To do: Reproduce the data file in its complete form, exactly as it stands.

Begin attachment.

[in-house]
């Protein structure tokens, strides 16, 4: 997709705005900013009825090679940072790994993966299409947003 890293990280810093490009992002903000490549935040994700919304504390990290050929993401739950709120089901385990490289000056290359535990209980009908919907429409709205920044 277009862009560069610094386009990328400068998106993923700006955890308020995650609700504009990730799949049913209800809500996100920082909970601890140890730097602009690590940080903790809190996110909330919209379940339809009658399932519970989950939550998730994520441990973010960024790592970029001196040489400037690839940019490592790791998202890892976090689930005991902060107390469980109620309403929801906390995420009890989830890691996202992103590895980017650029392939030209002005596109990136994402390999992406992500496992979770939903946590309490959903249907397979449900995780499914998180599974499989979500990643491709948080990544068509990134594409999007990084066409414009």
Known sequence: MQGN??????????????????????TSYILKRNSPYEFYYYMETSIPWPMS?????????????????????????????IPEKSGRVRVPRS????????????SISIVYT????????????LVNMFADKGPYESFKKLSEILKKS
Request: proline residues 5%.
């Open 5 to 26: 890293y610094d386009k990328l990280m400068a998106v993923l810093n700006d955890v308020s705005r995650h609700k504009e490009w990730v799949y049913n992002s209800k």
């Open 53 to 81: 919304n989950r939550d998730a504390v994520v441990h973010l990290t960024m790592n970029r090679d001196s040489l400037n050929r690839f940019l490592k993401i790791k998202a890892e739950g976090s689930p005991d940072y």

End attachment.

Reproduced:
[in-house]
């Protein structure tokens, strides 16, 4: 997709705005900013009825090679940072790994993966299409947003 890293990280810093490009992002903000490549935040994700919304504390990290050929993401739950709120089901385990490289000056290359535990209980009908919907429409709205920044 277009862009560069610094386009990328400068998106993923700006955890308020995650609700504009990730799949049913209800809500996100920082909970601890140890730097602009690590940080903790809190996110909330919209379940339809009658399932519970989950939550998730994520441990973010960024790592970029001196040489400037690839940019490592790791998202890892976090689930005991902060107390469980109620309403929801906390995420009890989830890691996202992103590895980017650029392939030209002005596109990136994402390999992406992500496992979770939903946590309490959903249907397979449900995780499914998180599974499989979500990643491709948080990544068509990134594409999007990084066409414009």
Known sequence: MQGN??????????????????????TSYILKRNSPYEFYYYMETSIPWPMS?????????????????????????????IPEKSGRVRVPRS????????????SISIVYT????????????LVNMFADKGPYESFKKLSEILKKS
Request: proline residues 5%.
């Open 5 to 26: 890293y610094d386009k990328l990280m400068a998106v993923l810093n700006d955890v308020s705005r995650h609700k504009e490009w990730v799949y049913n992002s209800k």
């Open 53 to 81: 919304n989950r939550d998730a504390v994520v441990h973010l990290t960024m790592n970029r090679d001196s040489l400037n050929r690839f940019l490592k993401i790791k998202a890892e739950g976090s689930p005991d940072y």